Dyck has picked up numerous honors — including a 2007 Governor General’s Visual and Media Arts Award — and is increasingly concerned about the environment. “Working with the bees has taught me that we humans are not alone in creating nor managing the world we live in … It is time to investigate thoroughly how we are interconnected with the small of the world.”
Adam Makarenko blends fantasy, quirky models and cinematic lighting in Miniature Apiary, a series of eye-catching photographs about honeybees. Makarenko began taking shots of real bees and became fascinated by their collective energy, which he describes as a mix of chaos and order. “I started to research bees and became obsessed with them,” says the Toronto-based emerging artist, who traveled to the University of Illinois to interview a top entomologist.
He then wrote a mythical tale about giant bees in the Langstroth Valley, a fictional beekeeping Shangri-La in the Yukon, and built miniature models of hives and beekeepers, including bees that glow from within their bodies. “All this miniature work is really very experimental,” he says. “Everything that is being made is from scratch, and there is a great deal to think about. There is no how-to book on making miniatures, especially miniature apiaries.” He solved one problem — creating the fuzz on the bees’ bodies — with pipe cleaners.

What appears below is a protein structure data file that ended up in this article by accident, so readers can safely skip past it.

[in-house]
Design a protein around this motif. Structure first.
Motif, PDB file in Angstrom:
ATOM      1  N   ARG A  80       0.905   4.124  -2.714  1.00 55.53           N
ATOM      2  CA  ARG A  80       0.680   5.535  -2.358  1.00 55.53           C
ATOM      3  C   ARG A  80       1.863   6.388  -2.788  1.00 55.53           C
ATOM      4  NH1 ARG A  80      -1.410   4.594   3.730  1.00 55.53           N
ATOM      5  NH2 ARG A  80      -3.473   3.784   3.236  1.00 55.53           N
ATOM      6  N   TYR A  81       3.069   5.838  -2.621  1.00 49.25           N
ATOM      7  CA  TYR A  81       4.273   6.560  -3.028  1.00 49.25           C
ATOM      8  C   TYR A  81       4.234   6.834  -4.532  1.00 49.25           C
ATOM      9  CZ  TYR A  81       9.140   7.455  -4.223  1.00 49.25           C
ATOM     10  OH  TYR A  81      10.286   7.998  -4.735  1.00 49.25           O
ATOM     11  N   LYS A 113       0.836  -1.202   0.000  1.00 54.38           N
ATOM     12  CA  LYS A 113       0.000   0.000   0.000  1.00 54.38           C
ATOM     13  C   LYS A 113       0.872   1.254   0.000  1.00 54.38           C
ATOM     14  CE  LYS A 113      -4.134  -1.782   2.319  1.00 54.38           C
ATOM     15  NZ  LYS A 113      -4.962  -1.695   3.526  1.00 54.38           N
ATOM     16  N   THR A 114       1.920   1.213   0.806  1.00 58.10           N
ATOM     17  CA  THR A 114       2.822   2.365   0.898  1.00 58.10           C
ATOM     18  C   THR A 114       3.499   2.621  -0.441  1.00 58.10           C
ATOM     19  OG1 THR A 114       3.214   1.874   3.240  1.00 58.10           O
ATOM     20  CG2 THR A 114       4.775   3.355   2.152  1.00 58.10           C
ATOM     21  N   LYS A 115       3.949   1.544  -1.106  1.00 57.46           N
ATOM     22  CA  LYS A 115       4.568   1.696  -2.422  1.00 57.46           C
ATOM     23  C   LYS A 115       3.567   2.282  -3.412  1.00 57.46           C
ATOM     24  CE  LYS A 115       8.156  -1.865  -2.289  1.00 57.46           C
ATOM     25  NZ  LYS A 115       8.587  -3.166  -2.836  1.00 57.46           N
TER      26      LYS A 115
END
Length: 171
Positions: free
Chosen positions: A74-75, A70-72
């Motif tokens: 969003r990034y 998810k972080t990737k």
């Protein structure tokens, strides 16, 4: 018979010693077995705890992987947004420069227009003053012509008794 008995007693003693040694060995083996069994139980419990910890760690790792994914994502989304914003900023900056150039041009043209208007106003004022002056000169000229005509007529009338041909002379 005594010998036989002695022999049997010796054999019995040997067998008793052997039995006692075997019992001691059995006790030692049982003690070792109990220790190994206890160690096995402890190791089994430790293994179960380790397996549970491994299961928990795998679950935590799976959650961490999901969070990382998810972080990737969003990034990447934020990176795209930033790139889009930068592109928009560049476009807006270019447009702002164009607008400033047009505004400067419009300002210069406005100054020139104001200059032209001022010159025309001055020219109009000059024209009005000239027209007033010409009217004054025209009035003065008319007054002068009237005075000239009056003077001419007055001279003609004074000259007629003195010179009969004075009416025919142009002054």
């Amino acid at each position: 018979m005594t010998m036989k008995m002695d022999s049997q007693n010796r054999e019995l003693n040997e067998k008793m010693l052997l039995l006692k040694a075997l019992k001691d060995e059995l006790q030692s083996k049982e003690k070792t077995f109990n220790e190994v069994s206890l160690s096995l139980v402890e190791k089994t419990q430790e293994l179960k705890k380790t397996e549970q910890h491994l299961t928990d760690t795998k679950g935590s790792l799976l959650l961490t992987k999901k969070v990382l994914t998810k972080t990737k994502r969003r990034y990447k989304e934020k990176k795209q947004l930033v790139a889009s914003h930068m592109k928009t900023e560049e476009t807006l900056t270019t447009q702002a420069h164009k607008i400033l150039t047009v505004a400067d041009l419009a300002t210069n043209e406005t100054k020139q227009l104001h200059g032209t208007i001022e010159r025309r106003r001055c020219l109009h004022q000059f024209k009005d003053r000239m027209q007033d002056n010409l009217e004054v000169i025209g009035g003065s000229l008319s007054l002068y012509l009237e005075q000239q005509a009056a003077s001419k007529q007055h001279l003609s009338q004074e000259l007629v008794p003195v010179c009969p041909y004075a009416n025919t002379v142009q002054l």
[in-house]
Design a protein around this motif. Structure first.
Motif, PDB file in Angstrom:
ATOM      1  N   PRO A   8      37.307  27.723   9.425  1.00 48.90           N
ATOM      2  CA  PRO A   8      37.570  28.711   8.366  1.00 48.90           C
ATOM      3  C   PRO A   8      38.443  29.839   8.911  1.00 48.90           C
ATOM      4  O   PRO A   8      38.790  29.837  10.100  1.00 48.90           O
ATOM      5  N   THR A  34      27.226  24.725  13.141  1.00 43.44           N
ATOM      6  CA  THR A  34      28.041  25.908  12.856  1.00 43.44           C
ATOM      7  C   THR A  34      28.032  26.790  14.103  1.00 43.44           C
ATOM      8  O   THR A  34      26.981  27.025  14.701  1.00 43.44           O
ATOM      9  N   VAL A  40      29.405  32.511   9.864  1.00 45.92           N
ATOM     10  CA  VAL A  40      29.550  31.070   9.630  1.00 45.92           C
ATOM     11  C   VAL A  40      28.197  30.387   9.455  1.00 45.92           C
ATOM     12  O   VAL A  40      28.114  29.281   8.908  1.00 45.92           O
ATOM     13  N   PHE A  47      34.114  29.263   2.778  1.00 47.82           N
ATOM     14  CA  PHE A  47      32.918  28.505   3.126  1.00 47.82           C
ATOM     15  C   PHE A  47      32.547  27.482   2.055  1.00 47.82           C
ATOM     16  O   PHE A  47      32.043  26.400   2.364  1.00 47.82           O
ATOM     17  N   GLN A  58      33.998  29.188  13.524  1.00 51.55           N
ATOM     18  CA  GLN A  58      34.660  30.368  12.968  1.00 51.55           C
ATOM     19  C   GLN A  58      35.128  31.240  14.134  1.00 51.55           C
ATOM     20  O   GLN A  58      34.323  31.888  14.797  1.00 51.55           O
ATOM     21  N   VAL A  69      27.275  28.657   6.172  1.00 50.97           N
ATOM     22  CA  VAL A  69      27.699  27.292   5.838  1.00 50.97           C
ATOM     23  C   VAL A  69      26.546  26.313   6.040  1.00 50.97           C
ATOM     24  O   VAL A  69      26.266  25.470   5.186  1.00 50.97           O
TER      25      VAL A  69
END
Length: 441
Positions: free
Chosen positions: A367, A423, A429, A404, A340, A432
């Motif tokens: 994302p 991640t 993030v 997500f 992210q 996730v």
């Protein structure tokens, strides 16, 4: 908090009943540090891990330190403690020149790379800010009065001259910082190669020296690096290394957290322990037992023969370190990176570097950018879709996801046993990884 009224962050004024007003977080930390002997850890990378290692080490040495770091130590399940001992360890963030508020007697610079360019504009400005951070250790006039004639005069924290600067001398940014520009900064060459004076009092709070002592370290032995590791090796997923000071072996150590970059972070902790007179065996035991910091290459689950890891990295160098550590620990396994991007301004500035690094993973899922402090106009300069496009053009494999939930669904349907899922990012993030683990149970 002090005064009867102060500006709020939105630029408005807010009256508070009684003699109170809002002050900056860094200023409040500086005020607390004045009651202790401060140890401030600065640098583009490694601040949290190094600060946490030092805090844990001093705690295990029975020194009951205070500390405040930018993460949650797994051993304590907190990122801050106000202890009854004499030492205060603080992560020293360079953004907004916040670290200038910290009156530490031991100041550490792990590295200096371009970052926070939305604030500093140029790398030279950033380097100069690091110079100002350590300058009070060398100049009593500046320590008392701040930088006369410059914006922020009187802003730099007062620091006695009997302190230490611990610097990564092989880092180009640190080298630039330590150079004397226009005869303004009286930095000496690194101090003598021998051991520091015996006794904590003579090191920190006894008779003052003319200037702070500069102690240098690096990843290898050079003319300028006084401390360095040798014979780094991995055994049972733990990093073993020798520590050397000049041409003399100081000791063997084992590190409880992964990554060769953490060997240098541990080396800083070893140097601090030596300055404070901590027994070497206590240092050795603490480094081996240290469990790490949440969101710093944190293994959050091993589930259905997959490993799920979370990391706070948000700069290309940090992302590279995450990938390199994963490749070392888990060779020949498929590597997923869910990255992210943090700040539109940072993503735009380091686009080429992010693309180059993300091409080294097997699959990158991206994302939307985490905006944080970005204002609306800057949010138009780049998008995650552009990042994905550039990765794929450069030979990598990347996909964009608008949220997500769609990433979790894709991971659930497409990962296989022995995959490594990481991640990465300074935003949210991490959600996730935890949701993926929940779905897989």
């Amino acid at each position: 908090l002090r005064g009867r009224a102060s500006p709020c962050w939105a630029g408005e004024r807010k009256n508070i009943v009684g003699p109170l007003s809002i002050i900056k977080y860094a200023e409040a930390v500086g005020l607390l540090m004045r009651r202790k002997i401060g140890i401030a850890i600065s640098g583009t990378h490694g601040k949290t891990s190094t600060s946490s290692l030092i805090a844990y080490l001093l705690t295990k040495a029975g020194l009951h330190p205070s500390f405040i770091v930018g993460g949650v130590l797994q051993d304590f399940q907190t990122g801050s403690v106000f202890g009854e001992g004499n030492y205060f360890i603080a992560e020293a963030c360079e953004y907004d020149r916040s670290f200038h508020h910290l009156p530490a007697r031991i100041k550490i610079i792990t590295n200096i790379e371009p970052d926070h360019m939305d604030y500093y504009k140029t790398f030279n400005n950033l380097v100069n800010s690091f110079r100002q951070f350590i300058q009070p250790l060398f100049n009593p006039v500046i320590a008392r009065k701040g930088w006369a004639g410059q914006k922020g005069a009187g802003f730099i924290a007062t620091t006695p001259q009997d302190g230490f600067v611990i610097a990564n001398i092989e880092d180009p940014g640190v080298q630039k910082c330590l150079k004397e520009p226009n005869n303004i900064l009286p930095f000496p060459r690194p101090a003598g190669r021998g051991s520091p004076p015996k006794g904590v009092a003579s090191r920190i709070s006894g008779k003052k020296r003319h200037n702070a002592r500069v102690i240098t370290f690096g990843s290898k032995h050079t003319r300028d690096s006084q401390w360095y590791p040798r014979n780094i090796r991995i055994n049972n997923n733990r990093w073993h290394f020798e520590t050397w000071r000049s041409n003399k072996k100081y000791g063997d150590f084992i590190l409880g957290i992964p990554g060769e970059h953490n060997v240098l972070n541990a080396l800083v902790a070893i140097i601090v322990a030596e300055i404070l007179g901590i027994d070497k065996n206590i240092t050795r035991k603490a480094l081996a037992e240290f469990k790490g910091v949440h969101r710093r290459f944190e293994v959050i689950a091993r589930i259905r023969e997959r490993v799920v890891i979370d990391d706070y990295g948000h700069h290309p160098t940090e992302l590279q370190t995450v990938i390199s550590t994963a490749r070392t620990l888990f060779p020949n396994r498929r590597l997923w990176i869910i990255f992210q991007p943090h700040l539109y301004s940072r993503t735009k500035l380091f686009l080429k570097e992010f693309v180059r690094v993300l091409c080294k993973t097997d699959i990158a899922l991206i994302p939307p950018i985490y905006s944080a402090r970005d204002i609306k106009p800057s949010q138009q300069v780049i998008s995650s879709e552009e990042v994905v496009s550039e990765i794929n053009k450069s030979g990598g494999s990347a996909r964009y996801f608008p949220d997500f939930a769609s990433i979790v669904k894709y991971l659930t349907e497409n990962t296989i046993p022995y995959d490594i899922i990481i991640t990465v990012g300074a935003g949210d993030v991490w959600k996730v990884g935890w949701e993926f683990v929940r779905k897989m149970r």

Environmental concerns are important to Makarenko, who grew up in the black-fly belt of Northern Ontario and then studied film production. “The bee is one of the most exploited insects on the planet. How far can we take them, or take any species, before we affect them and ourselves?”